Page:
Unread 07-14-2002, 09:19 AM
How do I best prepare for after the surgery?

How old are your kids? How much you need to prepare will depend on how old they are and how much they will be able to help.

For after surgery you will want to have on hand plenty of no-preparation foods like fruit, soup, cereal, snack bars, etc. Some sisters spend a few days cooking and freezing meals for post op.

Driving: talk to your DR, every DR seems to have different post op rules and instructions. Mine were:
Ambulation: no restrictions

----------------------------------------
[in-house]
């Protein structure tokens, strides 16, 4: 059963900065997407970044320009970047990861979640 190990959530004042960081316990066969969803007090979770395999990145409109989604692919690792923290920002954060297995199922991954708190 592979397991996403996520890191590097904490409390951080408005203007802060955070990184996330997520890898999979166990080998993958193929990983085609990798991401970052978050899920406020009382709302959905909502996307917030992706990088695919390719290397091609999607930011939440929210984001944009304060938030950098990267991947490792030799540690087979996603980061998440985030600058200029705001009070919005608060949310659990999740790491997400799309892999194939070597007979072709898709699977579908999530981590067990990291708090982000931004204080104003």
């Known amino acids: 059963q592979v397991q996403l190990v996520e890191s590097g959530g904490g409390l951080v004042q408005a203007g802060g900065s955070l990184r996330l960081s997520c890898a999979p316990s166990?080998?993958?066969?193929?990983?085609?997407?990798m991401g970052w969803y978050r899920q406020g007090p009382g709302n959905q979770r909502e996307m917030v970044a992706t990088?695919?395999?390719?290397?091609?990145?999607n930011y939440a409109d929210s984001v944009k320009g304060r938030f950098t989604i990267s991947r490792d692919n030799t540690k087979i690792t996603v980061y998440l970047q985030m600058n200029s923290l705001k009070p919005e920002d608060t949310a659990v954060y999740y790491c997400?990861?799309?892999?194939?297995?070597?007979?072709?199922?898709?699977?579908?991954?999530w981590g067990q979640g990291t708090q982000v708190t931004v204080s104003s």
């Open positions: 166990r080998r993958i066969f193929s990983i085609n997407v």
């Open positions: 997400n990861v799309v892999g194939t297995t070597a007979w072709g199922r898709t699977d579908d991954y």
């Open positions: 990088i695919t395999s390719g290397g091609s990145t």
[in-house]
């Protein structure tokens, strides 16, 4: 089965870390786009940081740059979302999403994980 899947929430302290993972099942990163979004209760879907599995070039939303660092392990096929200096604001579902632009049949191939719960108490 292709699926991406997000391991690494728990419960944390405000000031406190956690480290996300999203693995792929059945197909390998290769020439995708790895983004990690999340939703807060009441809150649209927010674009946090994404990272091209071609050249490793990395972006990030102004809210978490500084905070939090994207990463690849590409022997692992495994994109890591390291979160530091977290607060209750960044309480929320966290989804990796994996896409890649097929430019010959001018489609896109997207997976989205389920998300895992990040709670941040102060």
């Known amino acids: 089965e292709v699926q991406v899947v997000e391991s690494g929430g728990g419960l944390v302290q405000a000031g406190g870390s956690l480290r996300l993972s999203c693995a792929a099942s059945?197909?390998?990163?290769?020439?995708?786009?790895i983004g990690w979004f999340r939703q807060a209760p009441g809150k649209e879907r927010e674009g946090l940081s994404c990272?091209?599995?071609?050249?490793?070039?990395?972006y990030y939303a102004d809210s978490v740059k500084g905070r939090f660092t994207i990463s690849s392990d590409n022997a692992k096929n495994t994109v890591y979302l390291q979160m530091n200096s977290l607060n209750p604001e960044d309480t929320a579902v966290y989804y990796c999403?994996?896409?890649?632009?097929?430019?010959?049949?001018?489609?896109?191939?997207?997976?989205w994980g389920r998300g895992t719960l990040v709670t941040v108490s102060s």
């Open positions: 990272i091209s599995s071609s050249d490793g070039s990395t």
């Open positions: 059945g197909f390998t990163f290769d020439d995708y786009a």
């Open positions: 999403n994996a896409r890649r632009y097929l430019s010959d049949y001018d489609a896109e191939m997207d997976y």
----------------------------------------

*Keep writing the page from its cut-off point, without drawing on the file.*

Lifting: limited to arm lift only, no use of abdominal muscles
Driving: 2 weeks
Work: 6 weeks
Sex: 6 weeks
No bath: 6 weeks
Shower: yes, not necessary to cover incision.

There are also suggestions on the home page - here is a link

Pre-Op Hysterectomy Articles

Best wishes!
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  #4  
Unread 07-14-2002, 10:41 AM
How do I best prepare for after the surgery?

Be prepared not to do a lot for the first 2 weeks. Do you have a friend that can help with things like washing clothes? You should not lift anything for the first 2 weeks, and wet clothes can be heavy!

I live in a 2 story townhouse, and basically camped out on the recliner downstairs (near the kitchen, TV, Stereo and bathroom). I also have (still!) a sheet over the recliner because it's cooler (and smoother) than the cloth.

Also try to have food items at a level you can reach easily --- no stretching or bending!